The Japanese beetle in Europe: modelling environmental suitability to customize pest monitoring strategies

Illustration The Japanese beetle in Europe: modelling environmental suitability
Illustration The Japanese beetle in Europe: modelling environmental suitability to customize pest monitoring strategies © INRAE, Davide Martinetti
The Japanese beetle is an insect pest that attacks a wide variety of plants. Slowly but steadily, it is spreading across the world. Around a century after appearing in the US, the species has gained a foothold in Europe. On December 1, 2023, INRAE researchers published a study in Entomologia Generalis in which they predicted where the beetle could next become established in continental Europe based on environmental suitability. The broader goal is to employ this information to develop effective monitoring strategies.

Invasion history

As its name suggests, the Japanese beetle (Popillia japonica) is native to Japan. A particularly polyphagous species, it was first detected in 1916 in the US, where it was presumably introduced by accident. Since that time, the beetle has colonized most of the East Coast. In the 1970s, the species was discovered in the Azores, Portugal, and has since become established on eight of the archipelago’s nine islands. Observed in Italy in 2014, the beetle was immediately added to the European Union’s list of priority quarantine pests. It has since steadily spread across the continent. 

Creating value from data on beetle distributions and environmental suitability 

The researchers utilized a species distribution model (SDM) that incorporated over 100 environmental factors of biological relevance for the beetle, including climatic conditions, habitat characteristics, land use, and anthropogenic factors. The model was trained using occurrence data from the beetle’s native and long-invaded ranges (Japan, North America, and the Azores), namely 48,000 georeferenced observations. Most (77%) came from citizen science platforms and from monitoring campaigns conducted with standardized protocols. All the data can be freely accessed at Recherche Data Gouv.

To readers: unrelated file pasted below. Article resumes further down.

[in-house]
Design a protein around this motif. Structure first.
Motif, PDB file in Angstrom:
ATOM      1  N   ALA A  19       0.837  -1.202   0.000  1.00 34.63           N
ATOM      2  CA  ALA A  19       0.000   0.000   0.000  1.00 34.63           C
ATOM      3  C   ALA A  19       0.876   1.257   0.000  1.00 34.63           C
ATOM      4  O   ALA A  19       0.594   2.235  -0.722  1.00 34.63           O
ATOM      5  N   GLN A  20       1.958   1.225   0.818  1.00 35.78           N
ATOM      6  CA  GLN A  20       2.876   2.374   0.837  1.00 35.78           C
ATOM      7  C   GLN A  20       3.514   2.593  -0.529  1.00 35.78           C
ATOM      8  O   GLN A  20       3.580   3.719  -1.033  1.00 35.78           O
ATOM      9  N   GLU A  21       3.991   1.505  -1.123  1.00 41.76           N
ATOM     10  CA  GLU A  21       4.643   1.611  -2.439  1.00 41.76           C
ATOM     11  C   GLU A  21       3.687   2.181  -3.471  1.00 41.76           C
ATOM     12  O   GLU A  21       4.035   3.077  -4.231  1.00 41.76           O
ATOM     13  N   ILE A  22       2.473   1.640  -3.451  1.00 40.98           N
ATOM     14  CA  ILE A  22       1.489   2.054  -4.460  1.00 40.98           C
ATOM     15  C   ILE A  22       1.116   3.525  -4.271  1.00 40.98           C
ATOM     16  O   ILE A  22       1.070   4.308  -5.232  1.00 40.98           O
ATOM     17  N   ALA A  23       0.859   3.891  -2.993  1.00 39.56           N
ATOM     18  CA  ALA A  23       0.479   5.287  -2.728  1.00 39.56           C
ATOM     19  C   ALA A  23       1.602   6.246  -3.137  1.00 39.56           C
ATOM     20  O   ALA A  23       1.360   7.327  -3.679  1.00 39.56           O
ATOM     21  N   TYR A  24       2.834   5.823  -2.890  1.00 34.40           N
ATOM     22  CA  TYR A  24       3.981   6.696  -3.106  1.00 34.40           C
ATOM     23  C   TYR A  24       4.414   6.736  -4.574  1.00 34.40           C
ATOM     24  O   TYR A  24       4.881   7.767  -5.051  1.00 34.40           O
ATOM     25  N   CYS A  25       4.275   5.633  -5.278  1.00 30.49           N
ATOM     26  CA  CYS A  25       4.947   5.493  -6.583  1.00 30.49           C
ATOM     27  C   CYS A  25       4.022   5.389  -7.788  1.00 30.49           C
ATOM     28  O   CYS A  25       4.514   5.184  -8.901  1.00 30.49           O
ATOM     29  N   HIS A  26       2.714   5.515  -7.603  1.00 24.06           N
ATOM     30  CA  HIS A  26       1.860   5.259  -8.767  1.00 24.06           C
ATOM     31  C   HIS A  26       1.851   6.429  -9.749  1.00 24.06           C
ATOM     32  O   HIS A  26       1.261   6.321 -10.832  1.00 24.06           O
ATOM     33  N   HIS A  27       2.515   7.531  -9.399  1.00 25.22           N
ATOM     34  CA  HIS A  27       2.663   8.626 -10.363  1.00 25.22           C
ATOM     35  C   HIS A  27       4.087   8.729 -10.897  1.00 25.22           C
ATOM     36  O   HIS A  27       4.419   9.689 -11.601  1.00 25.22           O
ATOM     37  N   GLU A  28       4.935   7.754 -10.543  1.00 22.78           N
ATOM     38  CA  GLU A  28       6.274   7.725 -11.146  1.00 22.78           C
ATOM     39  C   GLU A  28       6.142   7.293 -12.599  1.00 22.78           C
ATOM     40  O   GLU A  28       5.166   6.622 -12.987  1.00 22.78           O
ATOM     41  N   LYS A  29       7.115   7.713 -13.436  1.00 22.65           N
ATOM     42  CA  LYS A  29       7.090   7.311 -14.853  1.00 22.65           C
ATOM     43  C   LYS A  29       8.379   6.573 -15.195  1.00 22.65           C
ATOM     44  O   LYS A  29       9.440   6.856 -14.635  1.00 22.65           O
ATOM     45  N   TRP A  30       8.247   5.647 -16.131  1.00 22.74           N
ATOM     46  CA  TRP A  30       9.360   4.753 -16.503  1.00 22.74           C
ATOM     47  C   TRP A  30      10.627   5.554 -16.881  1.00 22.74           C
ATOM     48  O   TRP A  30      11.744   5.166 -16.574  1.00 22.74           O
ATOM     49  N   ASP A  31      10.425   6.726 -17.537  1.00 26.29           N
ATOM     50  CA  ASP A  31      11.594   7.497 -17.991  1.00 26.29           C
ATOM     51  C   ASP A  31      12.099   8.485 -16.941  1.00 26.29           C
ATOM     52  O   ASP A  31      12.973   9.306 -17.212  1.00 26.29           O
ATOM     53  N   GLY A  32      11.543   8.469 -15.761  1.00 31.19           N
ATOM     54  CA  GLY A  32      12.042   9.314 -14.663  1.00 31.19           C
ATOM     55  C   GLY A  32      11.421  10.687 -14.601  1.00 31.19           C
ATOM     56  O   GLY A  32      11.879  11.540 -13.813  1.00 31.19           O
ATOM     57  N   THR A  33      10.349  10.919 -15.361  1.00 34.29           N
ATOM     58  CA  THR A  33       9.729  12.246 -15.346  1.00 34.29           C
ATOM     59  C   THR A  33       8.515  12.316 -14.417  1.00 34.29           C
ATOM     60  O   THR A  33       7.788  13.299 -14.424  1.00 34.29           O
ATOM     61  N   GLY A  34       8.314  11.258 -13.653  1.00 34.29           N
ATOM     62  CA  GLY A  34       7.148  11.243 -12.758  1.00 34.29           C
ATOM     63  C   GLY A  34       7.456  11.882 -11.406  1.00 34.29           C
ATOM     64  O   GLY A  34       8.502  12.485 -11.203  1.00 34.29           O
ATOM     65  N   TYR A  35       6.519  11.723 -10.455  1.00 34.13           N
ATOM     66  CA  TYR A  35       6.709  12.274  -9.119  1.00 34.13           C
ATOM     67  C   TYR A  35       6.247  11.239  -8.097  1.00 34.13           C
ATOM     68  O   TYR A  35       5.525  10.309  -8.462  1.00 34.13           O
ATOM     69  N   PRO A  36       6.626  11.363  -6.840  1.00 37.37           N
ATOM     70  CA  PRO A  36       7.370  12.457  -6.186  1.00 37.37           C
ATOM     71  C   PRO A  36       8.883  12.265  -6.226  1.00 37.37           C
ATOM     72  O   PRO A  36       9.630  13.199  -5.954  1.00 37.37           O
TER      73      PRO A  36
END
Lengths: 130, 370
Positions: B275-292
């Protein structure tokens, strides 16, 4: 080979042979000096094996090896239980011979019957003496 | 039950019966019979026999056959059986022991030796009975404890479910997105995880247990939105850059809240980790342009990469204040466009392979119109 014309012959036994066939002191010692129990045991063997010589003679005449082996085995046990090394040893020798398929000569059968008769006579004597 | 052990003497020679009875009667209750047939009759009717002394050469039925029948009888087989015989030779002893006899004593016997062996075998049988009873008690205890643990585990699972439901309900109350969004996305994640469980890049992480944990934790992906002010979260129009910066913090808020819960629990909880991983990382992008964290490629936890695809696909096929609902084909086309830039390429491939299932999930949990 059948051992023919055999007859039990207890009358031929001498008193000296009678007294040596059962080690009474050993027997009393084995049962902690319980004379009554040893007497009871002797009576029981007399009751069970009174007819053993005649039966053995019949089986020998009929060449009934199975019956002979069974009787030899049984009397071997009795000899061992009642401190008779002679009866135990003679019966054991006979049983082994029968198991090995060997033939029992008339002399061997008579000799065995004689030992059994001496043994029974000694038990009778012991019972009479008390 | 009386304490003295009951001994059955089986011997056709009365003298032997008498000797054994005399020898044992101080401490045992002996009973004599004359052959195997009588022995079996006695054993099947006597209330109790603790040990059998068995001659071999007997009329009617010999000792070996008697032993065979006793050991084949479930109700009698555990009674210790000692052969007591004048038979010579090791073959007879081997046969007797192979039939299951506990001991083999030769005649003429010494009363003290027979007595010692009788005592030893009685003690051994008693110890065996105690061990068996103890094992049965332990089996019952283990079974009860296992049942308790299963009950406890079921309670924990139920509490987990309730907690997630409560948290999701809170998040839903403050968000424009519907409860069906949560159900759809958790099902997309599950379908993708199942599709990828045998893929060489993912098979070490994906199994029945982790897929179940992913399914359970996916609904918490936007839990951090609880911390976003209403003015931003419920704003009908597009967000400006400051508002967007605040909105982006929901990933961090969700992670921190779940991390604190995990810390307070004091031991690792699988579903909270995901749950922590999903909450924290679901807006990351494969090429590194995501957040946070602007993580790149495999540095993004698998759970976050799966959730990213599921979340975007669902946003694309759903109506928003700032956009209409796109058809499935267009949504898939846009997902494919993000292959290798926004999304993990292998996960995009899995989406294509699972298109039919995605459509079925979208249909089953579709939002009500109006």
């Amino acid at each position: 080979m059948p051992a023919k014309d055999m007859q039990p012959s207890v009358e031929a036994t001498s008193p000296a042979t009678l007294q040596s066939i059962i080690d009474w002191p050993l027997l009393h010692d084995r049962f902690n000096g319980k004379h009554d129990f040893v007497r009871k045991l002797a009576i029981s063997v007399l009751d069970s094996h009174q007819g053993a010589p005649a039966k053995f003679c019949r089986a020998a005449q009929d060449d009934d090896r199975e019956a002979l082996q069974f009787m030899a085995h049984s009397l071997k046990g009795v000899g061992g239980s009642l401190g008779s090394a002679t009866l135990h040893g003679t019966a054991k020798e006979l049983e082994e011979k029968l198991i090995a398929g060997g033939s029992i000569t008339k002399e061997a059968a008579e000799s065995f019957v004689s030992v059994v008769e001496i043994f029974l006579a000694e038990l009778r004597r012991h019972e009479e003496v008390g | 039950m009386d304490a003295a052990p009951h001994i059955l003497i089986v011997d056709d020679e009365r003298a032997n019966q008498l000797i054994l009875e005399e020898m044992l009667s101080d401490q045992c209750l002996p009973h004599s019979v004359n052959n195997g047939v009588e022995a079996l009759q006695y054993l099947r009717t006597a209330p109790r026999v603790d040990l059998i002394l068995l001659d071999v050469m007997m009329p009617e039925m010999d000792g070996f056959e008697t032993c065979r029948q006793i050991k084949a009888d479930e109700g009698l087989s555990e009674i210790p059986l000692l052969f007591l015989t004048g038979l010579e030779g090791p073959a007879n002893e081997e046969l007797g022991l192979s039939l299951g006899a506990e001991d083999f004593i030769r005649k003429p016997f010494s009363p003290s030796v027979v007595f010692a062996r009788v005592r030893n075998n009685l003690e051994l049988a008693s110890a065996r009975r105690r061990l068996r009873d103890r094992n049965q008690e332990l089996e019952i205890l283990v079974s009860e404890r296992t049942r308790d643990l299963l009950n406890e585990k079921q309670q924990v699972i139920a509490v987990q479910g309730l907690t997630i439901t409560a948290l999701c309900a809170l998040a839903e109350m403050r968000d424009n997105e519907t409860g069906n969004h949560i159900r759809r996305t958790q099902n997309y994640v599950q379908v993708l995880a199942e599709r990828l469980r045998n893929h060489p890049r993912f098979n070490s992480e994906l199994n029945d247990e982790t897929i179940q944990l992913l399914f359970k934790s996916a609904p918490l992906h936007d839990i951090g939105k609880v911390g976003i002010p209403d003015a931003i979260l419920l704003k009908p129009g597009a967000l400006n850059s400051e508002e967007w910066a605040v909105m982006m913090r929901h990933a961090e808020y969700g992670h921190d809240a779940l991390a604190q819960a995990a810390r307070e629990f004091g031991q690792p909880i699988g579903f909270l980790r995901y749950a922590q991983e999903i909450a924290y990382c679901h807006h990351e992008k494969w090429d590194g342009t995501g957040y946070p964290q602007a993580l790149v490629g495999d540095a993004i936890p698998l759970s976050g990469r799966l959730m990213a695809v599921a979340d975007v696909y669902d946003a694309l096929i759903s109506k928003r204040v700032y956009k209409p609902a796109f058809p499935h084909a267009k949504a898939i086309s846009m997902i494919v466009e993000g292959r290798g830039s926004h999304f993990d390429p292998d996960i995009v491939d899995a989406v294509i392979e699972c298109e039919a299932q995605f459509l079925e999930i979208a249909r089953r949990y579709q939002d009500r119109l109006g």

A well-calibrated and powerful predictive model

Performance metrics indicated that the SDM was well calibrated and yielded consistent, robust predictions, particularly when using observational data from the US. The latter proved decidedly helpful in model assessment because official monitoring campaigns were launched immediately after the beetle’s arrival. Thus, the US invasion has been characterized in detail, and variability in beetle population densities has been extensively documented. Thus, the SDM made it possible to predictively map where the beetle could become established in continental Europe based on environmental suitability.

Environmental suitability maps for North America and continental Europe. Suitability is expressed using six shades of orange, where darker shades indicate greater suitability.

Environmental suitability varies across continental Europe